Installation of Improved Metal Cooking Stoves in the Khumbu Region: Field Visit Reports (3)
Sustainable Technology Adaptive Research and Implementation Center, Nepal Sjoerd Nienhuys, SNV-Nepal January 2005
Khumbu Metal Stoves
(1 of 3)
(2 of 3)
(3 of 3)
The majority of people in Nepal live in rural areas (88%). From the total energy requirements of the country, the rural areas account for 80%, mainly used for cooking. Almost all rural energy consumption (98%) is from traditional biomass resources, such as fuel wood, agricultural residues and animal dung. Accessibility to the electric grid by rural people is very limited, while LPG gas and kerosene oil in the high altitude and remote areas is relatively costly due to the high cost of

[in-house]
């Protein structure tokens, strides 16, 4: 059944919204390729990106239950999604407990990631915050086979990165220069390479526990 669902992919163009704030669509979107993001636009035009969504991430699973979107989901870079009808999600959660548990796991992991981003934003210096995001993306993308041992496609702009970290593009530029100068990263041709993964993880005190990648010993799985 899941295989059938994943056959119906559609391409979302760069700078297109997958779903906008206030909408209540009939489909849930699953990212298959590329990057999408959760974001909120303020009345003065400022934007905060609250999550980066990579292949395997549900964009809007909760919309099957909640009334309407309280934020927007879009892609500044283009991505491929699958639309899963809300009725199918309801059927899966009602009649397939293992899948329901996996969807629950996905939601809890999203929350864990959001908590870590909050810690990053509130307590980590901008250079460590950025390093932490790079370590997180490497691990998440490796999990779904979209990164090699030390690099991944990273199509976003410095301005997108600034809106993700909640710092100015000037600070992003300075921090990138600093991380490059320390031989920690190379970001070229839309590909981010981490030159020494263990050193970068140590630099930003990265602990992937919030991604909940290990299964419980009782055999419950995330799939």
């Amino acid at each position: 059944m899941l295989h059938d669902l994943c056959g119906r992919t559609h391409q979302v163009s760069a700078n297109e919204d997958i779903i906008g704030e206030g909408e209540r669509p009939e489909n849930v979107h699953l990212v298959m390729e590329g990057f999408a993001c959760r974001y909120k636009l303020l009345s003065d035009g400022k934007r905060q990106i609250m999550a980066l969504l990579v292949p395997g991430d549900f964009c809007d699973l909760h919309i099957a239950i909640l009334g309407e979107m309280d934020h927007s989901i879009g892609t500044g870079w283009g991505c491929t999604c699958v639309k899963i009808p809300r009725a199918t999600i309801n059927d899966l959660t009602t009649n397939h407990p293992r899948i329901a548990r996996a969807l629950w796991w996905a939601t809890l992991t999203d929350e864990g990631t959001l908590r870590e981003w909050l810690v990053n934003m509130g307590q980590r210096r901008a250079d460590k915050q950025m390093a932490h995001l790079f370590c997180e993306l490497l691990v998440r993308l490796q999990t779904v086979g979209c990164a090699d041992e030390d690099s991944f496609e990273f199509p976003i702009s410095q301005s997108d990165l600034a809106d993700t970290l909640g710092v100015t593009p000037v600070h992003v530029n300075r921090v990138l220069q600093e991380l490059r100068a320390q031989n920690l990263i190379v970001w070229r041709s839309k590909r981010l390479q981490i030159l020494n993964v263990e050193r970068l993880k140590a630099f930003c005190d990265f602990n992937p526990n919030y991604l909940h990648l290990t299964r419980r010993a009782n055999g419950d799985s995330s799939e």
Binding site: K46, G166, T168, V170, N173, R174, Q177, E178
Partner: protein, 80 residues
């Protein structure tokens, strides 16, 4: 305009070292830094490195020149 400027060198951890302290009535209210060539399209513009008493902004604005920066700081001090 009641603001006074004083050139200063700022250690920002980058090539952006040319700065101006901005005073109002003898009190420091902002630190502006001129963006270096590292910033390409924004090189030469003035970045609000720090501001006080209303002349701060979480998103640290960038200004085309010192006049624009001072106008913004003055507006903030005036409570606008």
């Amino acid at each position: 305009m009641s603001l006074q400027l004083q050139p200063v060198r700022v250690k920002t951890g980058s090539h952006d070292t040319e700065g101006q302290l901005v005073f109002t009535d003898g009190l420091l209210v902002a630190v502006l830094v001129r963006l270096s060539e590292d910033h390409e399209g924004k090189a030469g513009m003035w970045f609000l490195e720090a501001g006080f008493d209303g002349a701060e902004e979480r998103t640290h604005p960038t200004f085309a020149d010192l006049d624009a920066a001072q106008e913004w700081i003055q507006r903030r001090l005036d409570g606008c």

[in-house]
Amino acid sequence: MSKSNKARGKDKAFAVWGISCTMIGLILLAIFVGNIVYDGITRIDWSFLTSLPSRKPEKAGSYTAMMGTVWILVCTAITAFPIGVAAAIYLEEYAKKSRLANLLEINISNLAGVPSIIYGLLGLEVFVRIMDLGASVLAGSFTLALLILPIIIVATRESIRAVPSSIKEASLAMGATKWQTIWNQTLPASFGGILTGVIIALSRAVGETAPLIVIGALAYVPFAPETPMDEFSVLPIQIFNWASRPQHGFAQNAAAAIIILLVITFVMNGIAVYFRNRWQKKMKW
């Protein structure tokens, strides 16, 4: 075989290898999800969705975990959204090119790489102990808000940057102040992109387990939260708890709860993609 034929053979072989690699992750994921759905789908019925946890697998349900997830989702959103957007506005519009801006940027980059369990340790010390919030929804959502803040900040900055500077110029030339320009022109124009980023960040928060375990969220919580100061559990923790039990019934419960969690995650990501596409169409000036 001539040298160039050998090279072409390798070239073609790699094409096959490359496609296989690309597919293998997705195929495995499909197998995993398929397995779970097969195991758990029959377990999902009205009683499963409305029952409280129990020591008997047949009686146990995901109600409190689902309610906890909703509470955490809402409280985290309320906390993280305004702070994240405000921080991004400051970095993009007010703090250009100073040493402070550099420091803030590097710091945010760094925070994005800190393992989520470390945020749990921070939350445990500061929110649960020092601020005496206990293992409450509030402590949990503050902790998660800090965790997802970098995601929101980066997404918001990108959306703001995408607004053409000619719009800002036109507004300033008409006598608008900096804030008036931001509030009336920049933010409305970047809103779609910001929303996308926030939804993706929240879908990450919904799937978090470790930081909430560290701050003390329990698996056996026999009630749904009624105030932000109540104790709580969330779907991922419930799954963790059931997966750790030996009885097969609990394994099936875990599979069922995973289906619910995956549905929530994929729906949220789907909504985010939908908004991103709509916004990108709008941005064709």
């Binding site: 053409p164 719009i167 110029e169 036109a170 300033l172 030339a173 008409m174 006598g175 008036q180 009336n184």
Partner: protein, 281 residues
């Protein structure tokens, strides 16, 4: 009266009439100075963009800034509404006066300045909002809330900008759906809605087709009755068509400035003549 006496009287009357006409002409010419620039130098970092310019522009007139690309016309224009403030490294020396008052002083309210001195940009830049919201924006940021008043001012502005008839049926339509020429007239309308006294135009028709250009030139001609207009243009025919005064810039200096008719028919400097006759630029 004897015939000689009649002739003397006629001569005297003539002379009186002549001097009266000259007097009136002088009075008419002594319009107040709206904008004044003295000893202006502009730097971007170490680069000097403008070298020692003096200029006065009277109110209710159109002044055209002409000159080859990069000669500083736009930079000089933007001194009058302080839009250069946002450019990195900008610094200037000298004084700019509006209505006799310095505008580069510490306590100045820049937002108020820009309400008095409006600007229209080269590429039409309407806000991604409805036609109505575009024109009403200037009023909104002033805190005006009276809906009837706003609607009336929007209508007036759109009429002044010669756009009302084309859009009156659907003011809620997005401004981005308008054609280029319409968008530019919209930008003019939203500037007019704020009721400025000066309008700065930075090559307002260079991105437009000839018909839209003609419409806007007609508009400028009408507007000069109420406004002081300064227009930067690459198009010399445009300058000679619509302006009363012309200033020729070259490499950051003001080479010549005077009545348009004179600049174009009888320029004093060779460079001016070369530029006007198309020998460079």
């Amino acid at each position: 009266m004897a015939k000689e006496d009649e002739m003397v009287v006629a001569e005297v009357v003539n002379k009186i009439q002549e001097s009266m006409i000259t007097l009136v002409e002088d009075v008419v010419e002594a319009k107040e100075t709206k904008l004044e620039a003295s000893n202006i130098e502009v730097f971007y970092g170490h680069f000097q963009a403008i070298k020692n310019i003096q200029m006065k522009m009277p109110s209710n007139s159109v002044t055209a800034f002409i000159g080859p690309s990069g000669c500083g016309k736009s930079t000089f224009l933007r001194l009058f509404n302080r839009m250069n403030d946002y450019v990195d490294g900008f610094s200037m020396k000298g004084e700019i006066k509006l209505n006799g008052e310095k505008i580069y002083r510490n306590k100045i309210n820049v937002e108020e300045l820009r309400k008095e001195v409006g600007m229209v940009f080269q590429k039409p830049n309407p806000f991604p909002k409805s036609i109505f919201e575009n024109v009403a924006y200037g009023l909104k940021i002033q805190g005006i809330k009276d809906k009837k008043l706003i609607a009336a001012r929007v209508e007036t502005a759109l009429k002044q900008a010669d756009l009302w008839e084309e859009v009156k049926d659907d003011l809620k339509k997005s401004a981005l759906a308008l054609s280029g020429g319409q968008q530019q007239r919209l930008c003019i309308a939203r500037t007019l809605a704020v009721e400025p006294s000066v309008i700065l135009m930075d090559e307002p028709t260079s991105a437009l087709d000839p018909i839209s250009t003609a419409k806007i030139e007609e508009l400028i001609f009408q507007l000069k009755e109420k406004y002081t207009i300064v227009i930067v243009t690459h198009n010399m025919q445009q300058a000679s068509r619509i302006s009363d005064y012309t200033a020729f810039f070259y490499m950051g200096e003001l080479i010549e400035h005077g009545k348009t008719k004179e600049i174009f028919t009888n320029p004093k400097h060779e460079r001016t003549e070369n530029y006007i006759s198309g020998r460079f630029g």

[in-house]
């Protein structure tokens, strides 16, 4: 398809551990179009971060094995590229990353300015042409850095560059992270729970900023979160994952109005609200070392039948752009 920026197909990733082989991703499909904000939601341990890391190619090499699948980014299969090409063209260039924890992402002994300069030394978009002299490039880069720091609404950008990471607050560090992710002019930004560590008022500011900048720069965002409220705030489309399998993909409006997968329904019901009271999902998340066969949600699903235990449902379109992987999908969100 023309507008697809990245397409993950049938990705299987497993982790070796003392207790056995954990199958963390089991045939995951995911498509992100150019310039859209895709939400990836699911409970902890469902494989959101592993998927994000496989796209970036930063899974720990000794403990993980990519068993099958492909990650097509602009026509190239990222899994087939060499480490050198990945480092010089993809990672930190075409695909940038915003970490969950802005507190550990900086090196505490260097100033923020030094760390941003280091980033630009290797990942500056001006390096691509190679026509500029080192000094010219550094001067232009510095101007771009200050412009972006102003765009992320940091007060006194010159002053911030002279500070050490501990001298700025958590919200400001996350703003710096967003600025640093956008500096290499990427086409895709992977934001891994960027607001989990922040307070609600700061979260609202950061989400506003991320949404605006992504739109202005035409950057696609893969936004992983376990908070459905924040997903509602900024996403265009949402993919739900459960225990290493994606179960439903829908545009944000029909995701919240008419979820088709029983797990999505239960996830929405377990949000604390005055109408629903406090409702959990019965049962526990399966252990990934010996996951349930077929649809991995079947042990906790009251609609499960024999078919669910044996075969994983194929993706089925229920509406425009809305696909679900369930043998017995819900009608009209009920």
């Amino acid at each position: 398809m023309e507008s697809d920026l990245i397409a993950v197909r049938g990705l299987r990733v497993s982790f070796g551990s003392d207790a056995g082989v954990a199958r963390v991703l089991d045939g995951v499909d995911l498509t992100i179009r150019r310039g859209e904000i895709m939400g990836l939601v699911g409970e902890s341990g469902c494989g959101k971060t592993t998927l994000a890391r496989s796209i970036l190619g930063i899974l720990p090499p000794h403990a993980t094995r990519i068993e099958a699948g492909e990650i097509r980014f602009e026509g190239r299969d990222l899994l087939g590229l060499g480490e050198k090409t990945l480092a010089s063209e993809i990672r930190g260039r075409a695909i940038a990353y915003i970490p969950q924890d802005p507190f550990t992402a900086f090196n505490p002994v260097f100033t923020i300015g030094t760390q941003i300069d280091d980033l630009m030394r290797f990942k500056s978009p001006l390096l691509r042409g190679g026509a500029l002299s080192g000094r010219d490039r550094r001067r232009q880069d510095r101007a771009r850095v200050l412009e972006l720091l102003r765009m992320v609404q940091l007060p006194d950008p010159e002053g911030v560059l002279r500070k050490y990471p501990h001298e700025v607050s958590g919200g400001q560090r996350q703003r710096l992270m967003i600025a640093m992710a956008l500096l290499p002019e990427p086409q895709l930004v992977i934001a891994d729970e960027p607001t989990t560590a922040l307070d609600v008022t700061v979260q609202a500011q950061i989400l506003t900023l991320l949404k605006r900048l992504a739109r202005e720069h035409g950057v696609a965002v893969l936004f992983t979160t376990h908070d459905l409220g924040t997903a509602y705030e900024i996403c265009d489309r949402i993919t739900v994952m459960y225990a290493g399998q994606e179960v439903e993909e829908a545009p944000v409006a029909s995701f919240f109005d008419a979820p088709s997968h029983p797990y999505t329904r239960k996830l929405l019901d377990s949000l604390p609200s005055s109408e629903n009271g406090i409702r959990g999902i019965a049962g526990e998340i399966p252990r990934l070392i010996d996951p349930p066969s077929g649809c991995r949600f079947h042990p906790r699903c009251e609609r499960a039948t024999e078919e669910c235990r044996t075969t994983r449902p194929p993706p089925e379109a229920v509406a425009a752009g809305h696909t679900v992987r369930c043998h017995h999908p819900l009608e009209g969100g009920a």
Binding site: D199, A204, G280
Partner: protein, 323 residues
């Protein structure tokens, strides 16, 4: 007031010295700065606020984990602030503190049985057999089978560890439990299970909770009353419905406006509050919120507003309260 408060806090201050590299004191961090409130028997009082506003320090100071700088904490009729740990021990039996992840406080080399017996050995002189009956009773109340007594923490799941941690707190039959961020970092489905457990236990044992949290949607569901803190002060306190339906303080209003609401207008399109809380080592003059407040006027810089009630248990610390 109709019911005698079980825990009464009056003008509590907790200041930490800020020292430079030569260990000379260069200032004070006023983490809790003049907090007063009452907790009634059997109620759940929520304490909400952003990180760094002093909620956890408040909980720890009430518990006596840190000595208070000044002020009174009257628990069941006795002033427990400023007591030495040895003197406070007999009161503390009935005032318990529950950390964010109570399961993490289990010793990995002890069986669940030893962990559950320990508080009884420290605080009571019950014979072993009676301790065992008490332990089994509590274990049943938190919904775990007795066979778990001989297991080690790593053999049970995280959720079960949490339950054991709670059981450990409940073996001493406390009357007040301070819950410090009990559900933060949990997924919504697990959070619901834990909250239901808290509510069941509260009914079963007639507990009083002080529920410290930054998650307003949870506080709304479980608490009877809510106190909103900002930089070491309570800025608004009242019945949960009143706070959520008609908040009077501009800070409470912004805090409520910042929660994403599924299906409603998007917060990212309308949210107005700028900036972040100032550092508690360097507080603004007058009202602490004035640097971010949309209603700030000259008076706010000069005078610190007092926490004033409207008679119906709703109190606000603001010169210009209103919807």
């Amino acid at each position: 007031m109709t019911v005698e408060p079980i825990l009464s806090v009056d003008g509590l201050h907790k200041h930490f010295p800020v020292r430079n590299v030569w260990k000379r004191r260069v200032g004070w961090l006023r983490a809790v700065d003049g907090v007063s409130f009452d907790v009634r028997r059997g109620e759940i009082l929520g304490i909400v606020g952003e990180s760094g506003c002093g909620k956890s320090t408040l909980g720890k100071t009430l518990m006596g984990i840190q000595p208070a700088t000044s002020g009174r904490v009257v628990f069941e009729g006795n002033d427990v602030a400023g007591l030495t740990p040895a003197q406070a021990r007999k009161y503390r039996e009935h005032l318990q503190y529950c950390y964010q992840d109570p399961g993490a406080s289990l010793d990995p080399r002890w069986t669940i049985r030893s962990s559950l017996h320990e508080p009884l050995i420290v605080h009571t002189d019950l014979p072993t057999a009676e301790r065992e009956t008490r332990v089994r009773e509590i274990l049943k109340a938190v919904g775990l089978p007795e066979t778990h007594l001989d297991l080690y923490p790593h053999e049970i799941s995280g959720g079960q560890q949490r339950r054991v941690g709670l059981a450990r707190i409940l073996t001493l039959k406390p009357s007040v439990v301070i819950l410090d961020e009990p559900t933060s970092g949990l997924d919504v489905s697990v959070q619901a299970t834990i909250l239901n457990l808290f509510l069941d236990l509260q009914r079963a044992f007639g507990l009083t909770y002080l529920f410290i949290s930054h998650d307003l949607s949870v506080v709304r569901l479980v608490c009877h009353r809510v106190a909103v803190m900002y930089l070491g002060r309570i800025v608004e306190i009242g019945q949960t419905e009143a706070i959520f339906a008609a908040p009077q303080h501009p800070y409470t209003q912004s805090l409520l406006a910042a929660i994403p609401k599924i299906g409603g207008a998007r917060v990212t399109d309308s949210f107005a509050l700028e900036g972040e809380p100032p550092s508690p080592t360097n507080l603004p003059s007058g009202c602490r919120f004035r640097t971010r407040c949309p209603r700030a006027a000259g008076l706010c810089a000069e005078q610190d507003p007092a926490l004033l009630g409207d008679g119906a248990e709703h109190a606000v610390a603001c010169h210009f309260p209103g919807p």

transport. Therefore, people living in remote areas depend heavily on forest resources to meet their demand for cooking energy.
In high altitude areas fuel wood is needed for cooking and space heating; the amount increasing with the altitude and colder temperatures. This results in continuous forest degradation, nutrient depletion from soils (by burning agro waste and cow dung), low agricultural outputs and soil
erosion. Together, these aspects result in a further reduction of accessibility to fuel wood.